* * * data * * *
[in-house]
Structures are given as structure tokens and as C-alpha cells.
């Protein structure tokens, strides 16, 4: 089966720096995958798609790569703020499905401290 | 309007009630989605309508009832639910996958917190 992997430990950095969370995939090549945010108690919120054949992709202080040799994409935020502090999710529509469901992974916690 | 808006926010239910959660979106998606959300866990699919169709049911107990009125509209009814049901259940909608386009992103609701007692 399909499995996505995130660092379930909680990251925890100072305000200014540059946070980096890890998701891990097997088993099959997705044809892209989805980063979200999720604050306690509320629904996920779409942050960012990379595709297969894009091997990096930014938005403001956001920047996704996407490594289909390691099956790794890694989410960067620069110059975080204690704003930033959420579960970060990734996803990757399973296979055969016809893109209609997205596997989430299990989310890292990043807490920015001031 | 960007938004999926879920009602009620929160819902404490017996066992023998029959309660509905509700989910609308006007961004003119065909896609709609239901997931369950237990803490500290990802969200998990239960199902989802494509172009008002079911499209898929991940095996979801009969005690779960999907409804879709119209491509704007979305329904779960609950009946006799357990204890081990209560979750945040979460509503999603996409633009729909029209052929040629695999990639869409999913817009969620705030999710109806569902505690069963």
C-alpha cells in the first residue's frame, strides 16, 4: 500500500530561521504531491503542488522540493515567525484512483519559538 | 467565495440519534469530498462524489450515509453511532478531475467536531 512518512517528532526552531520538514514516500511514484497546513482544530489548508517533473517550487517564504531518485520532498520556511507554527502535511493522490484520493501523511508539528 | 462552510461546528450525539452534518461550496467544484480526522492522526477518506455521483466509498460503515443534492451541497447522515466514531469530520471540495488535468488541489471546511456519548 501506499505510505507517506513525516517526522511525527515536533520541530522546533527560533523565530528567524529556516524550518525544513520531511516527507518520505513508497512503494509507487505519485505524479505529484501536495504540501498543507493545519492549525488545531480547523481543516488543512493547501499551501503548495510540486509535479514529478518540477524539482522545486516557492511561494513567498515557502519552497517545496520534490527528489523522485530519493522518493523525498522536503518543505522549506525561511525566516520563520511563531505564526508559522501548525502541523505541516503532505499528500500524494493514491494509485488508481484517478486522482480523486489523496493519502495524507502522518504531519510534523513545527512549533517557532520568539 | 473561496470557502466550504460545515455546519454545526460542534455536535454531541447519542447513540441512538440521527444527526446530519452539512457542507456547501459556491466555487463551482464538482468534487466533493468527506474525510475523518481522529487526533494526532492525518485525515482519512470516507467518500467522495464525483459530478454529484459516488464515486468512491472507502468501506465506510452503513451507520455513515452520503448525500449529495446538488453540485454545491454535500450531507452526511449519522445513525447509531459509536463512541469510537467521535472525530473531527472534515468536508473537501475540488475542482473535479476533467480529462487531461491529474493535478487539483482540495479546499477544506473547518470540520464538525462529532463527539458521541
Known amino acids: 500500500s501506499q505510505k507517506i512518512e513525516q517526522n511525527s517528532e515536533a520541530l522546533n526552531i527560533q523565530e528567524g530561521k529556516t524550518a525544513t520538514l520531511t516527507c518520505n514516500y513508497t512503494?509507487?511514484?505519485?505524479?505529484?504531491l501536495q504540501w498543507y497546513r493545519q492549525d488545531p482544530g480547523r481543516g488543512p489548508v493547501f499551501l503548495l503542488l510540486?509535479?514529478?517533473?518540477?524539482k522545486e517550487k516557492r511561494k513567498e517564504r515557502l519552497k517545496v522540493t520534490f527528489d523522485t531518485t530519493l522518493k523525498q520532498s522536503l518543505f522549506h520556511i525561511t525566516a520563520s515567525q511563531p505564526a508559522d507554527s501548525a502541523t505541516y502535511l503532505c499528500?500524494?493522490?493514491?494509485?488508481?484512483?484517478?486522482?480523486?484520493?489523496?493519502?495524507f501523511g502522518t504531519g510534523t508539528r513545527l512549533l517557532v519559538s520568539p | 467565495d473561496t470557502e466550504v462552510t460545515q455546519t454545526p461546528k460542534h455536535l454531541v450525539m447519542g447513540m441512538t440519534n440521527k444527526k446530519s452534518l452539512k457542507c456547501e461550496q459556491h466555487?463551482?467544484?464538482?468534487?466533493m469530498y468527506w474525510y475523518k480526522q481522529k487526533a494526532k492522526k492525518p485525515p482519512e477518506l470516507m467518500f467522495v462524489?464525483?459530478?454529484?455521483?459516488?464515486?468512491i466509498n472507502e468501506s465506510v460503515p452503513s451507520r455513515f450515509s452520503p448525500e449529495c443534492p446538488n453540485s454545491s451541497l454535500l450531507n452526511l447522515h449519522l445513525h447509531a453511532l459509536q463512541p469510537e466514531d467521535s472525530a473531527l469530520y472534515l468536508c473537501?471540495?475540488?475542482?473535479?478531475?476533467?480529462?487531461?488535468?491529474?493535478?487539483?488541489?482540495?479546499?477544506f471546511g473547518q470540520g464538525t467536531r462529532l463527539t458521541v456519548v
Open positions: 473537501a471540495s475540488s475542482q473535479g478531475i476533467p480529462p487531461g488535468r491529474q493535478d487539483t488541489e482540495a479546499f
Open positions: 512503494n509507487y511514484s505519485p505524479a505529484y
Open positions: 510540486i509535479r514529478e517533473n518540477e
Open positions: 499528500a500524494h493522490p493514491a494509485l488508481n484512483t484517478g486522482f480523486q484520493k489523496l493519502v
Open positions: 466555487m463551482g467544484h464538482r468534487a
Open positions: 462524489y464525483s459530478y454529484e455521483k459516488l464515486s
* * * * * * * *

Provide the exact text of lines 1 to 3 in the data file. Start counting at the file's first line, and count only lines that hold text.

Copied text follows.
[in-house]
Structures are given as structure tokens and as C-alpha cells.
């Protein structure tokens, strides 16, 4: 089966720096995958798609790569703020499905401290 | 309007009630989605309508009832639910996958917190 992997430990950095969370995939090549945010108690919120054949992709202080040799994409935020502090999710529509469901992974916690 | 808006926010239910959660979106998606959300866990699919169709049911107990009125509209009814049901259940909608386009992103609701007692 399909499995996505995130660092379930909680990251925890100072305000200014540059946070980096890890998701891990097997088993099959997705044809892209989805980063979200999720604050306690509320629904996920779409942050960012990379595709297969894009091997990096930014938005403001956001920047996704996407490594289909390691099956790794890694989410960067620069110059975080204690704003930033959420579960970060990734996803990757399973296979055969016809893109209609997205596997989430299990989310890292990043807490920015001031 | 960007938004999926879920009602009620929160819902404490017996066992023998029959309660509905509700989910609308006007961004003119065909896609709609239901997931369950237990803490500290990802969200998990239960199902989802494509172009008002079911499209898929991940095996979801009969005690779960999907409804879709119209491509704007979305329904779960609950009946006799357990204890081990209560979750945040979460509503999603996409633009729909029209052929040629695999990639869409999913817009969620705030999710109806569902505690069963």